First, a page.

Last week I explained some of the challenges that websites face to switch to SSL to protect their users. The main challenge is to send the correct SSL certificate in all cases.
Some websites make it very hard, or even impossible, to use secure connections to protect their sessions. It has been exactly a month since Firesheep was released to demonstrate the problem of session side-jacking, but these websites are still not willing to do anything about this problem.
Here are some of these sites, all part of the list of domains monitored by Firesheep.
Amazon: no HTTPS for you!
It is just not possible to use https://www.amazon.com/! This address redirect users to http://www.amazon.com/.
|Permanent redirection from HTTPS to HTTP|
To their credit, users must login again over HTTPS to make an order, but Amazon still provides plenty of information about their users: first name, last name, what they're interested in, full access to their shopping cart, etc.
Basecamphq.com: 37signals.com certificate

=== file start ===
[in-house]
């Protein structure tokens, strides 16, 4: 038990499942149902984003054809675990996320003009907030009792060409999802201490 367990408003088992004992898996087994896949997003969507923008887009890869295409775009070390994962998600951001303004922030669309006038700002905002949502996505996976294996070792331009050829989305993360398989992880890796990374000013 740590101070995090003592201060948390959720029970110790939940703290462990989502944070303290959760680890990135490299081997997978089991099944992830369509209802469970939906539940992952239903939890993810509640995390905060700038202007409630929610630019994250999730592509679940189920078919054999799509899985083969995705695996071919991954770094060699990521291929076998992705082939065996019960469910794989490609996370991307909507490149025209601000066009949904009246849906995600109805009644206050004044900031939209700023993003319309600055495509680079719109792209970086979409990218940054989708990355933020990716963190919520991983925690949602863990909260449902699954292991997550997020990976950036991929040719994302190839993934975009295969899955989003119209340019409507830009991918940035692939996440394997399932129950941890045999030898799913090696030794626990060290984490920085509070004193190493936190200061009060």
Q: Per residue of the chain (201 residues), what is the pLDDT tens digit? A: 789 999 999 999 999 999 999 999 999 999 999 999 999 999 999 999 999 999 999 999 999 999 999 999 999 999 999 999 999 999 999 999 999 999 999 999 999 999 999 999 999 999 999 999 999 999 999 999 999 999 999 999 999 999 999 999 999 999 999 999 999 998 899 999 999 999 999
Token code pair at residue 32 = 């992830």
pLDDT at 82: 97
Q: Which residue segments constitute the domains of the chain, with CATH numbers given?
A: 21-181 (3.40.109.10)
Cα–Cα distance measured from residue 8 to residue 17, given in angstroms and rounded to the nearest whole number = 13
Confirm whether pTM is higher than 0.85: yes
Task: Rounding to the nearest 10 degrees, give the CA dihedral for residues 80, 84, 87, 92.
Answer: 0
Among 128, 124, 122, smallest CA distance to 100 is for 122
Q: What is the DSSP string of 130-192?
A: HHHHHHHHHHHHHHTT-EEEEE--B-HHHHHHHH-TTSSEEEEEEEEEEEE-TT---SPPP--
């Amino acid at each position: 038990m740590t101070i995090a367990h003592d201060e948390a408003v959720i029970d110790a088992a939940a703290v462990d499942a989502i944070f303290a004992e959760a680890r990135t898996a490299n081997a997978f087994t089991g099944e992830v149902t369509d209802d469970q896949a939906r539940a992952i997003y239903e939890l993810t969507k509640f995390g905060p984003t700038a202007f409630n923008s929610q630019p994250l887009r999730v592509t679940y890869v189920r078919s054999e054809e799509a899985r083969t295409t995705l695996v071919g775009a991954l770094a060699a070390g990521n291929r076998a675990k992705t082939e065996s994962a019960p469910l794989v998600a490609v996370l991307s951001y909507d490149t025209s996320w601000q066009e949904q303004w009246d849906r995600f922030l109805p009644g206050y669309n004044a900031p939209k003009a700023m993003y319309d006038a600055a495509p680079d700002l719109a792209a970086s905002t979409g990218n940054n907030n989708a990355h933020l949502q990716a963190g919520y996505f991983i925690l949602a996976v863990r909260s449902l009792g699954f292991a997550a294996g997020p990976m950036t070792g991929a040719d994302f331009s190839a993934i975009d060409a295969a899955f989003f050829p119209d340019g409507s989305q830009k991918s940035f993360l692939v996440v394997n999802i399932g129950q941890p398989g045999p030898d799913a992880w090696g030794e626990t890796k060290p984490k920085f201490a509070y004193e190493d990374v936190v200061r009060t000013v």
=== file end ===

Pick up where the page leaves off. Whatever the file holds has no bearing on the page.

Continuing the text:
If you go to https://www.basecamphq.com/, you get a certificate for 37signals.com. This isnt very helpful for users not aware that BaseCamp is a product from the company 37Signals.
|SSL certificate valid for a very different domain name|
Facebook: hidden HTTP connection, HTTPS login fails
I logged into my Facebook account using https://www.facebook.com/. Out of the 10+ requests required to display my home page, one of them is done to http://www.facebook.com/ap.php. This request does carry all the cookie values needed to hijack my account. There is currently no way to surf Facebook safely.
|Unsecure HTTP connection|
|Redirection from secure login page to unsecured home page|
Although Firesheep has made a lot of noise, and the issue of session side-jacking has now been widely reported on, even the major sites have not taken the necessary actions to protect their users. It is very sad to see sites such as Facebook, widely used and by a large and diverse audience, are still very insecure.
This was just a quick review of a few sites, I'm sure plenty of other sites have the same weaknesses.